Enzymatic Dynamics and Inhibition of Bacterial Pth1

P. aeruginosa peptidyl-tRNA hydrolase (Pth1) - PDB ID 4FYJ

Bacterial peptidyl-tRNA hydrolase (Pth1)

Multi-drug resistant bacteria have become an emerging problem with the normalization of modern antibiotics. Now it has become even more important to discover new targets for antibiotic development. Bacterial peptidyl-tRNA hydrolase (Pth1) is one such solution that has shown evidence of being a viable novel antibiotic target.

Bacterial peptidyl-tRNA hydrolase 1 (Pth1) is essential to bacterial cells. It functions to release peptides from peptidyl-tRNA that result from ribosome stalling or expression of ORFs. Pth1 does this by cleaving the ester bond between the peptide and the tRNA. Without this enzyme, the cell cannot recycle its tRNA for translation and will die from tRNA starvation. This makes inhibition of this enzyme a novel strategy for antibiotic development as there are less Pth1 enzymes than ribosomes. Additionally, bacteria possess only a single type of Pth1 that is structurally and mechanistically different from the several orthologous Pth enzymes in eukaryote. This means bacterial Pth1 could be inhibited while having a minimal effect on humans.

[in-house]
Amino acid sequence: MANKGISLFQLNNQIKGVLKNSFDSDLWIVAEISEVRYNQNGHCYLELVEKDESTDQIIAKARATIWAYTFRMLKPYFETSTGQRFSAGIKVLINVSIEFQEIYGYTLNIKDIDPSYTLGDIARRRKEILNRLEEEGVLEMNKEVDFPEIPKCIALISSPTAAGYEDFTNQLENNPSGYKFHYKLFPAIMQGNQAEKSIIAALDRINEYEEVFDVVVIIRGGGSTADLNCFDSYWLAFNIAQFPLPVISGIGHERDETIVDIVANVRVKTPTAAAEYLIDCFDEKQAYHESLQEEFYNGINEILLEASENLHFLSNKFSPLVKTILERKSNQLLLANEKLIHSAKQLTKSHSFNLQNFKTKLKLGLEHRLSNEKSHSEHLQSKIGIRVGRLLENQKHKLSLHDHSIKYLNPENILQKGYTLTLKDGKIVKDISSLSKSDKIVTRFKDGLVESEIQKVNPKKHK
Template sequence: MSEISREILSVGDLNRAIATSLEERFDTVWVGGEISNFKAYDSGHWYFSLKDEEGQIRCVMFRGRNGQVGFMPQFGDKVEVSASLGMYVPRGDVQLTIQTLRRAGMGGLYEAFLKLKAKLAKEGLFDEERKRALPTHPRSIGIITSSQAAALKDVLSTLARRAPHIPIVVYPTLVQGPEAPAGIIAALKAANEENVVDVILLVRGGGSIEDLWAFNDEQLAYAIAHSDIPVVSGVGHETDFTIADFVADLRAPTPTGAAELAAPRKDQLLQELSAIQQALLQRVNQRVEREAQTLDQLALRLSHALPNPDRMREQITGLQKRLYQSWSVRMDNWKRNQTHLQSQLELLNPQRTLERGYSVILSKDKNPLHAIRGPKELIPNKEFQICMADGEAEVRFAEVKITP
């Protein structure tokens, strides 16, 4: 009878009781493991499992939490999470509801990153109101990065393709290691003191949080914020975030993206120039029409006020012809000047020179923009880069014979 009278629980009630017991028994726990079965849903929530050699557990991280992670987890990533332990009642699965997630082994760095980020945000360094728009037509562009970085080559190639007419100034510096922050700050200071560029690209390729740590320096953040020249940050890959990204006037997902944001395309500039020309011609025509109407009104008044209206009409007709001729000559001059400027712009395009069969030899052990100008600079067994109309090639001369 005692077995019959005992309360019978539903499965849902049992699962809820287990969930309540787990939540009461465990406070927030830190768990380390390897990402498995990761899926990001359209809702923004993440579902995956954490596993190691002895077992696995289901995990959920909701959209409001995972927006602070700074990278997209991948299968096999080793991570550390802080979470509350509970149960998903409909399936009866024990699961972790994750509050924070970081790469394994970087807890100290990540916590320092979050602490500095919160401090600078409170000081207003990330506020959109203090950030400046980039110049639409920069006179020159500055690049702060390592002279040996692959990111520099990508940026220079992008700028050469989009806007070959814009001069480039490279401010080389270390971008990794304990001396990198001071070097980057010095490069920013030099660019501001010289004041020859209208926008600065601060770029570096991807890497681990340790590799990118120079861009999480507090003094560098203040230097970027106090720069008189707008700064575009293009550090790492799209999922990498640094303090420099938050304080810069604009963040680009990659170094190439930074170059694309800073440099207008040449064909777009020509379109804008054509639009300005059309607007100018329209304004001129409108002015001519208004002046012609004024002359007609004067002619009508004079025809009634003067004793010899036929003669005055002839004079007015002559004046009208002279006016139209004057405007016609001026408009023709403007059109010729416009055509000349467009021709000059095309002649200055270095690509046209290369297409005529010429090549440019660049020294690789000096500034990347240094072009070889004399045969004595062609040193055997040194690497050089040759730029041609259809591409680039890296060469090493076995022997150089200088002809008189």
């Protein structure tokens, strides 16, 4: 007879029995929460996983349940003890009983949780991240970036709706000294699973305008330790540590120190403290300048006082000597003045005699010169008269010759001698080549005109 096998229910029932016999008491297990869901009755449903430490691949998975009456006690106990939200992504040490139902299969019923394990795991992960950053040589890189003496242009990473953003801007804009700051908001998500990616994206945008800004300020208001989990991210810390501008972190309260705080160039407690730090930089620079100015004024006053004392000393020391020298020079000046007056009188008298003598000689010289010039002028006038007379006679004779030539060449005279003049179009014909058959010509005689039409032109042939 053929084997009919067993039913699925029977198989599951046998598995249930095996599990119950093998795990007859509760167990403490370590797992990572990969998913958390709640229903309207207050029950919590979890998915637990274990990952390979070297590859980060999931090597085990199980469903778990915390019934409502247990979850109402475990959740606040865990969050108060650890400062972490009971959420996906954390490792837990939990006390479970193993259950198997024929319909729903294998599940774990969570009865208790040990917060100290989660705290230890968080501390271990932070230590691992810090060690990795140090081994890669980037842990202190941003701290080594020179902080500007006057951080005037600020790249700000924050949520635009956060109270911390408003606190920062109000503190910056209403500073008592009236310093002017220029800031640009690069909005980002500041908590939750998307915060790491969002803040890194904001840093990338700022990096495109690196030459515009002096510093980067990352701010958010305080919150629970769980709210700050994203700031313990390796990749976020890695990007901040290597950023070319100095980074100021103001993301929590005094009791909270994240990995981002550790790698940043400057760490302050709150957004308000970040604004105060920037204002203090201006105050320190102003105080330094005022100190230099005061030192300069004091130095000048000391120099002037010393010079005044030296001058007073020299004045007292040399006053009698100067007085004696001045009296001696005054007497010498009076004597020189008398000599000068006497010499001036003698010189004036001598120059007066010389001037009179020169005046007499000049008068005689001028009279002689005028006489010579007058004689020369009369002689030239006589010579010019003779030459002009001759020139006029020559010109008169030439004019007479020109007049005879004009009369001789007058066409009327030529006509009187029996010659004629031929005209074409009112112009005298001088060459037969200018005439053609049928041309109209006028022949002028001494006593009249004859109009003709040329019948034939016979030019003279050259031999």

Meredyth is a new student to the group. Her project in the Baudry lab is a collaboration with UAH professor Dr. McFeeters and his current Pth1 research. Meredyth seeks to use various computational methods to unearth the molecular and physical dynamics of the Pseudomonas aeruginosa Pth1 enzyme and to be able to screen for small molecule inhibition. Upon successful collection of potential drug-able inhibitors, Meredyth will further test the compounds in wet lab.